Bone cancer surgery a success for 9-year-old boy

December 15, 2009 (CHICAGO) Doctors in his country wanted to amputate, but the boy's father refused to accept the diagnosis. So he found a doctor in Chicago who would use an implant instead.

Vladimir Trigueros has a rare form of bone cancer in his thigh. He and his father, Lisandro, were told by doctors in El Salvador that the only treatment that would save his life would be amputation of the right leg. However, Lisandro went online and discovered a doctor at Rush University Medical Center who could save his son's leg and help him defeat cancer -- with advance technology.

"I believe he will defeat the cancer because the technology is not the same in the U.S," said Lisandro.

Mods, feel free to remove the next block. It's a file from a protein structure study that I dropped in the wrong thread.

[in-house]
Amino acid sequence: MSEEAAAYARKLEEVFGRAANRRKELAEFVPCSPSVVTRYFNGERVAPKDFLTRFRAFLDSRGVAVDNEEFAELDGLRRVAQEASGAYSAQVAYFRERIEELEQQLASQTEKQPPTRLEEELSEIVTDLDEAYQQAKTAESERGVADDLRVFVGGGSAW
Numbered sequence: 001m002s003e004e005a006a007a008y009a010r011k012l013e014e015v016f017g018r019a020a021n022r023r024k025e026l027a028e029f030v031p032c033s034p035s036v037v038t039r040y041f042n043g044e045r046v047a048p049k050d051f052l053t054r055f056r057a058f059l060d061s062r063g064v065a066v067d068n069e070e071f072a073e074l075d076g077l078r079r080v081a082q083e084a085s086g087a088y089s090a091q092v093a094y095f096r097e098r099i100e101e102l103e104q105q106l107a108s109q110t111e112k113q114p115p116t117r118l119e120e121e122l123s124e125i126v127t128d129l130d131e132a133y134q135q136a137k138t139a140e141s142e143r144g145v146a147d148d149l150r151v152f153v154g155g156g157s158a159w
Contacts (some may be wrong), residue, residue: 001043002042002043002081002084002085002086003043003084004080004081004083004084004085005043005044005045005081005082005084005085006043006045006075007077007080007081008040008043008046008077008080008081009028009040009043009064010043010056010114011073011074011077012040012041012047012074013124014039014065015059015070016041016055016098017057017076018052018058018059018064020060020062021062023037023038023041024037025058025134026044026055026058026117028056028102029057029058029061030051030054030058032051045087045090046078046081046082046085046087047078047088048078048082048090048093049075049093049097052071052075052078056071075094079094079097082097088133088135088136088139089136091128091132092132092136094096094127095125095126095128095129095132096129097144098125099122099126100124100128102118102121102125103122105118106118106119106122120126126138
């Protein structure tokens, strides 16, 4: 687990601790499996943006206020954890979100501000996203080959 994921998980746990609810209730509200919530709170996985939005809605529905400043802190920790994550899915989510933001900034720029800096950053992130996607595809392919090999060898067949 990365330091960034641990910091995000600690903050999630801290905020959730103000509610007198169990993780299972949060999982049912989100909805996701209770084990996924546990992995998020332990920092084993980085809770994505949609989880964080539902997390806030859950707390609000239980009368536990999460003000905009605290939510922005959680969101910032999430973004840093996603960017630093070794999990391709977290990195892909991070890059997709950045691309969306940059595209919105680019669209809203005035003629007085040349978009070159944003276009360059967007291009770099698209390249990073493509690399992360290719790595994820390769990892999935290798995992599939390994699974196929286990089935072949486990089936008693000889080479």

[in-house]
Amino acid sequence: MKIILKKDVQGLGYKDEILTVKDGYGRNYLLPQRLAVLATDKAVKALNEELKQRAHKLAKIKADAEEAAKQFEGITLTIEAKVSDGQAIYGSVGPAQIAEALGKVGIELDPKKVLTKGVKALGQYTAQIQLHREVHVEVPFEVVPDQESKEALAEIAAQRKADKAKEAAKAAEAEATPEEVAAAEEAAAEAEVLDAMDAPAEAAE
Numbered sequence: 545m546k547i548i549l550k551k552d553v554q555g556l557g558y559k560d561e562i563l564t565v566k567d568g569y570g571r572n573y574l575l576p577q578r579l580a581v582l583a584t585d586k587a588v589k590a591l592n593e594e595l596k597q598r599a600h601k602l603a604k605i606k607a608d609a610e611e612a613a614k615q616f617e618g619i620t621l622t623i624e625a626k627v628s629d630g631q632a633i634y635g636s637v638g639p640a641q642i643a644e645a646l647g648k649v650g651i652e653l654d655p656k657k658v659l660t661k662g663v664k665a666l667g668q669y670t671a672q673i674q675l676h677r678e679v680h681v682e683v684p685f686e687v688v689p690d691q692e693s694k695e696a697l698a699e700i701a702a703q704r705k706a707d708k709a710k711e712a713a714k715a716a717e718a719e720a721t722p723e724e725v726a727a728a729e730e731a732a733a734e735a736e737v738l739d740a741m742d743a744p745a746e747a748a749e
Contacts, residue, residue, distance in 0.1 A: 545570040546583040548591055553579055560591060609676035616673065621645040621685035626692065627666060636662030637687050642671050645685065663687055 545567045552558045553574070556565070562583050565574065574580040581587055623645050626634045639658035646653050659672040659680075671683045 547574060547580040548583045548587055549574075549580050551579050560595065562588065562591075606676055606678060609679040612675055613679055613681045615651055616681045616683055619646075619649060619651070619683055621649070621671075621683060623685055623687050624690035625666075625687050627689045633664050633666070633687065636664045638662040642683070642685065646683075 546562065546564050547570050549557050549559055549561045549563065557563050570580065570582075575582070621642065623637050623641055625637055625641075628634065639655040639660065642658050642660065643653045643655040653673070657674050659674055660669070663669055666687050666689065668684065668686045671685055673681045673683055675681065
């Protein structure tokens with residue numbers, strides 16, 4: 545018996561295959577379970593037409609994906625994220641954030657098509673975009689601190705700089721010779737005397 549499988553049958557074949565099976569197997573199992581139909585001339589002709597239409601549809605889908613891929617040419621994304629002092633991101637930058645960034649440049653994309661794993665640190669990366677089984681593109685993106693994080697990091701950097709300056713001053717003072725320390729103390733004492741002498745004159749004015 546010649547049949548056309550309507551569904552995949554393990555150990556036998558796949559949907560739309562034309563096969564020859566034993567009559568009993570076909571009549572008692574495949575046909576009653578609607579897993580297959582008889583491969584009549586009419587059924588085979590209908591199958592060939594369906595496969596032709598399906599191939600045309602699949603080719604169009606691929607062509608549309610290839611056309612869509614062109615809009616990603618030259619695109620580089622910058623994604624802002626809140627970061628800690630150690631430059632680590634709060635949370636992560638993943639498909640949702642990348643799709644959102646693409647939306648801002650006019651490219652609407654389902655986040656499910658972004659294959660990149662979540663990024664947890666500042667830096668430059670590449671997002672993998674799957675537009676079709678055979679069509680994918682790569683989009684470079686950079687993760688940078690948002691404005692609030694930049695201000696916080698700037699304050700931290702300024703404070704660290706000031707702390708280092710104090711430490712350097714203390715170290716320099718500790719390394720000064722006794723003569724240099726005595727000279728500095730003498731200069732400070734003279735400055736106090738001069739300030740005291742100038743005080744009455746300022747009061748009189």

Dr. Steven Gitelis said the four-hour surgery, which has a 95-percent success rate, went well Tuesday.

"I am going to be removing 16 centimeters of the thigh bone and the placement will be this part and that will equal the bone they take out and a knee joint and inside of this is the growing mechanism," said Dr. Gitelis.

As the child grows, the replacement bone is lengthened non-surgically using electromagnetic waves to heat a rod inside, which triggers an internal spring to unwind slightly.

"I think his parents will bring him back to Chicago once every three to six months. It takes about 10 minutes and I can grow his leg," said Dr. Gitelis.

The boy's mother, Mirna, said she is grateful to Doctor Gitelis for the second chance he is giving her son and their family-- and for saving her baby's leg.

Vladimir's father hopes to return home with his son to El Salvador by the first of the year. Valdimir soccer and his teammates are anxious to see him.

Copyright © 2024 WLS-TV. All Rights Reserved.